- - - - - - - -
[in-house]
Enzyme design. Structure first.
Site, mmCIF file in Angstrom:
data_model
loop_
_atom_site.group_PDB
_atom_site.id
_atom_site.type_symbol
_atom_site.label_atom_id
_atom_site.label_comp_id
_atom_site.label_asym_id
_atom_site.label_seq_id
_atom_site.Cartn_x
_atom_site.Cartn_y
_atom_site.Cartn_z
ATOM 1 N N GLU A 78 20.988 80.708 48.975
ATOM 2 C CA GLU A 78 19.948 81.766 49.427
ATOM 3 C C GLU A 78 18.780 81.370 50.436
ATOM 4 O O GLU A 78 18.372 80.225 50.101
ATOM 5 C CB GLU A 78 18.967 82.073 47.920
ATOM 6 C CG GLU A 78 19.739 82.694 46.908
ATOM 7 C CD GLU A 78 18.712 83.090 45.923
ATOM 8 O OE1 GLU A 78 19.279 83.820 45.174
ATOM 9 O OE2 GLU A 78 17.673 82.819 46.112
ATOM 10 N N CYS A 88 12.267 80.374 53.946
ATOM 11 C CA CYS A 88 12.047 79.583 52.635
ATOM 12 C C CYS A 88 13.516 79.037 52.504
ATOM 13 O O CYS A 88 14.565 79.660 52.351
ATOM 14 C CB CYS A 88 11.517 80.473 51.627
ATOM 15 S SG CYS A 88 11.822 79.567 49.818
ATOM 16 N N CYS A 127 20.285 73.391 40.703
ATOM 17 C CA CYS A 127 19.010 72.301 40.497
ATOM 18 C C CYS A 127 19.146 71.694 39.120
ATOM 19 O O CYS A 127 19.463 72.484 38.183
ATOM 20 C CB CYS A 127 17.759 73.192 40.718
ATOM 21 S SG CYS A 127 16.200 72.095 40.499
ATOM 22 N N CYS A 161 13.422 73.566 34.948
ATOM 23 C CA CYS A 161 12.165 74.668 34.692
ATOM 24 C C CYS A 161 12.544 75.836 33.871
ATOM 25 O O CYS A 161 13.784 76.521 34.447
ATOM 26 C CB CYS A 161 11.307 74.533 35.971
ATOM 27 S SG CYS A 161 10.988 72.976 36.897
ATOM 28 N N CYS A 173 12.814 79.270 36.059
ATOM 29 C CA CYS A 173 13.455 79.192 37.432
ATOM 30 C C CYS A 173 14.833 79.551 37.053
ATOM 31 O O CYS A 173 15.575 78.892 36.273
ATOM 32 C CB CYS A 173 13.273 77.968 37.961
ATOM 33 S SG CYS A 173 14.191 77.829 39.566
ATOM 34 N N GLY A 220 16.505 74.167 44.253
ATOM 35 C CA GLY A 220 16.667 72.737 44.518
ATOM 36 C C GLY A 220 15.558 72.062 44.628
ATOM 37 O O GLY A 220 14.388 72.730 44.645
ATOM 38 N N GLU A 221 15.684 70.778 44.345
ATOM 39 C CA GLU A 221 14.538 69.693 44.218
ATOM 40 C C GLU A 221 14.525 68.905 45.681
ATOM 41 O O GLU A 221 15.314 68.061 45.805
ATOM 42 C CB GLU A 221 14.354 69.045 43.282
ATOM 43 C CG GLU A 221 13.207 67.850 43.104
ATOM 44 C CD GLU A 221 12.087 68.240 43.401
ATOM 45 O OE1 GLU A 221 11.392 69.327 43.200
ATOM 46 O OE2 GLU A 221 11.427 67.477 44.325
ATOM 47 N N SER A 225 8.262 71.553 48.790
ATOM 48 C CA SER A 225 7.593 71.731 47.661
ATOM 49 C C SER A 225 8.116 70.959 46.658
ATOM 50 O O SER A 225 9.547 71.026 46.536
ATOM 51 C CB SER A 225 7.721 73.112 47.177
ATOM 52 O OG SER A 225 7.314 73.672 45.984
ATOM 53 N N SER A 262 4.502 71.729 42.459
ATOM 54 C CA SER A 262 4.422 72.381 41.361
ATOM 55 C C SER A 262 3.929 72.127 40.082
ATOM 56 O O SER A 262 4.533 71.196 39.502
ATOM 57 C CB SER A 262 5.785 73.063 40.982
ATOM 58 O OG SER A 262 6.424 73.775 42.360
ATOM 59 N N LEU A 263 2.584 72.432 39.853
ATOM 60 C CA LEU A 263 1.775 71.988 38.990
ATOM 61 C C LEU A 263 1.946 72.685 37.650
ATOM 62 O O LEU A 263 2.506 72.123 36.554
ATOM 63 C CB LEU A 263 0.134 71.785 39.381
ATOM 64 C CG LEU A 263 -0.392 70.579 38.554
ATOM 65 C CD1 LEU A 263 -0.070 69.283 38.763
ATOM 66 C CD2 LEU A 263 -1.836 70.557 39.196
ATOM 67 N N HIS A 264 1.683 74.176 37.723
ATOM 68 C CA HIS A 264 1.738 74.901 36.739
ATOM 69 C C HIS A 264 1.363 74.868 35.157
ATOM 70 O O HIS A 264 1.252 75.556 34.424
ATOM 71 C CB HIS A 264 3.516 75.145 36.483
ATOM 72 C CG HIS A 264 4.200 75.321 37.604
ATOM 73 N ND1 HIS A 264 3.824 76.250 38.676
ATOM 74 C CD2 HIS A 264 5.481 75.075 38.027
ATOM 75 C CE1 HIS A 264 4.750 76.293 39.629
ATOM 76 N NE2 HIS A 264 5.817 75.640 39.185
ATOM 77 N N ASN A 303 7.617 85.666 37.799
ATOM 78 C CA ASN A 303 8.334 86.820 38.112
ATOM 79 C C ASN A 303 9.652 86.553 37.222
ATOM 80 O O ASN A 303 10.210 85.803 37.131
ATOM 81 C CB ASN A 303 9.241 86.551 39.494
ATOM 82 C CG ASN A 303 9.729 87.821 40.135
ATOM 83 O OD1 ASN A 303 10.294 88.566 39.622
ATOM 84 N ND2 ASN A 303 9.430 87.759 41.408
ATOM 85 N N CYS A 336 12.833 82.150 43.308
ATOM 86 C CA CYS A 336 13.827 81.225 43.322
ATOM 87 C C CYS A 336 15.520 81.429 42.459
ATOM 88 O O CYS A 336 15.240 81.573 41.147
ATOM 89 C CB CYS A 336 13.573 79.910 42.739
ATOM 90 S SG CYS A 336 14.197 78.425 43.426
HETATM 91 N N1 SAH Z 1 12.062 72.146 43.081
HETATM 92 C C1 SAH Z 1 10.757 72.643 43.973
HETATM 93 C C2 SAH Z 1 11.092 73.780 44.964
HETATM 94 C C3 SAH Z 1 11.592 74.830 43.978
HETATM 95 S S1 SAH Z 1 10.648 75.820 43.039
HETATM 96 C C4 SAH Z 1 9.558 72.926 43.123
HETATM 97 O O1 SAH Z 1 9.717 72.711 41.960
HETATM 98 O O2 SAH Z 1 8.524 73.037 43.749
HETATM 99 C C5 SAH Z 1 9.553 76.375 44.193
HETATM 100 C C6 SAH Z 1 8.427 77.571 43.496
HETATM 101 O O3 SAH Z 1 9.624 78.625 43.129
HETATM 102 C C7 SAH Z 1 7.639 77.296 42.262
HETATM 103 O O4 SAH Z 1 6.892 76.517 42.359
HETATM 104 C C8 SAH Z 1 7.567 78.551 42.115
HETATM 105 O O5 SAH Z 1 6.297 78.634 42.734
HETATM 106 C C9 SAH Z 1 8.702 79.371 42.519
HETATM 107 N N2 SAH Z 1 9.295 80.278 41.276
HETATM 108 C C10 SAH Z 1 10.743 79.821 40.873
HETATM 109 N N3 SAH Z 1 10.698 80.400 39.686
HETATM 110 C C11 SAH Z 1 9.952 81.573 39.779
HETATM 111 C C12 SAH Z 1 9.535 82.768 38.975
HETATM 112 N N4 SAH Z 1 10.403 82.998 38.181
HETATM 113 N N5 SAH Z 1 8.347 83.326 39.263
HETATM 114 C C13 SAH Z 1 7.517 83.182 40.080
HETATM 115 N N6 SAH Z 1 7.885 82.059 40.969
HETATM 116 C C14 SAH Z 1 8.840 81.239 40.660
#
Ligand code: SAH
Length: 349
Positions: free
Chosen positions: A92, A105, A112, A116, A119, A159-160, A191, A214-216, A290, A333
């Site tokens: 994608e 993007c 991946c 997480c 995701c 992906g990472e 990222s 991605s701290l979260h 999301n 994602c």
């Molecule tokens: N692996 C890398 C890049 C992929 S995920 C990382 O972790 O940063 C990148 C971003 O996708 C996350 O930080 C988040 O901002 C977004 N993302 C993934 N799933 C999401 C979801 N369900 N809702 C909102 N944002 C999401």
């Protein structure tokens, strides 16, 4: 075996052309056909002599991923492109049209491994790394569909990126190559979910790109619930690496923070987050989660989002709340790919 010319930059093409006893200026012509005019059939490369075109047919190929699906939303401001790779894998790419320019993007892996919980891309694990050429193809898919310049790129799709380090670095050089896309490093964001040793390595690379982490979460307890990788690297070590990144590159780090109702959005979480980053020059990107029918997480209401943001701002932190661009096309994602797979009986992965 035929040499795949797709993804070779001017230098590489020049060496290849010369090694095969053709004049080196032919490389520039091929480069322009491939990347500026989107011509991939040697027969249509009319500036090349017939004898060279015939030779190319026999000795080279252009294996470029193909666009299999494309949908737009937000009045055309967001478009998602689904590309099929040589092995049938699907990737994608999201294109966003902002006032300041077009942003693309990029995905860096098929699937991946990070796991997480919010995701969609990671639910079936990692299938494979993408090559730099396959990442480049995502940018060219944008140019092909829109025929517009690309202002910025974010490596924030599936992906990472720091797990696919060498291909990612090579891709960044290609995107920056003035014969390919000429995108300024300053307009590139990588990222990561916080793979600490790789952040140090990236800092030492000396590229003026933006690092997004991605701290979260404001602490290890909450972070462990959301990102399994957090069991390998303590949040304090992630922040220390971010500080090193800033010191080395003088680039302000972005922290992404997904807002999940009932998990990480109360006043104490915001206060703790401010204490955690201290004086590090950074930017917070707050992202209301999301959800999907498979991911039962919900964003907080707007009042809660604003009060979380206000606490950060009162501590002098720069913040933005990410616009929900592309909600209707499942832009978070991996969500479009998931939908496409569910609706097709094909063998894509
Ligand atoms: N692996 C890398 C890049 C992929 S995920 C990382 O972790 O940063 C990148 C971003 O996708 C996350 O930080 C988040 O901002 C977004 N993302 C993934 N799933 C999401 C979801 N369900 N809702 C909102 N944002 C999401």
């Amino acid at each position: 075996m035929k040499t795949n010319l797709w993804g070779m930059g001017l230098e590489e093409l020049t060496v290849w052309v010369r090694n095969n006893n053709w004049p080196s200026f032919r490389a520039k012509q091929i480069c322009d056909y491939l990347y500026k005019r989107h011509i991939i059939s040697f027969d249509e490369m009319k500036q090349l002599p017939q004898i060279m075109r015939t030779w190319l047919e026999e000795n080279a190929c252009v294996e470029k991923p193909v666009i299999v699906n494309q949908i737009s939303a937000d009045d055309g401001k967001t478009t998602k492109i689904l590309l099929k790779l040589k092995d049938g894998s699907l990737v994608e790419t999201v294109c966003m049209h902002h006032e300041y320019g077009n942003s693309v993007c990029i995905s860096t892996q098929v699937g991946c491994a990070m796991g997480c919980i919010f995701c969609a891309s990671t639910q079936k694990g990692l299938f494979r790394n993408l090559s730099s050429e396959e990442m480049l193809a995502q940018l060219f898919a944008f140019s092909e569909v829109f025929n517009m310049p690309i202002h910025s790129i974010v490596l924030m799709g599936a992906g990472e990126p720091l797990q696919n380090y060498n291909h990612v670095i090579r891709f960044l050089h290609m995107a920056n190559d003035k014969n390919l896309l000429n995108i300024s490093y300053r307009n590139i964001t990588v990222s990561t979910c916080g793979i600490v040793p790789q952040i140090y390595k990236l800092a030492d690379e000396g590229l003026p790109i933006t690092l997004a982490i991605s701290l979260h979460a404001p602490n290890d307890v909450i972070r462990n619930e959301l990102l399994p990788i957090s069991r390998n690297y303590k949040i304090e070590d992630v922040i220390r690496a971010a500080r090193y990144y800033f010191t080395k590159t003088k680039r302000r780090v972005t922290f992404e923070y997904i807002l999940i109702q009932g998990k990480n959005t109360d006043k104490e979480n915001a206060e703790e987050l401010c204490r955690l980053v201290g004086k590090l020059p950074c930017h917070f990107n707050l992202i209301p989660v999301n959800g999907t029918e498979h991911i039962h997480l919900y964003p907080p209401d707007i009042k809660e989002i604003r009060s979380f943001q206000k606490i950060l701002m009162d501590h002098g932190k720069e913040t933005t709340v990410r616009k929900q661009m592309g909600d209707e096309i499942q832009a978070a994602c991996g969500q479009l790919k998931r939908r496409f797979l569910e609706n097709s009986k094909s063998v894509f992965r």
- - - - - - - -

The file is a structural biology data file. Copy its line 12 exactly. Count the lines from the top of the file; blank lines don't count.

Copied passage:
_atom_site.label_seq_id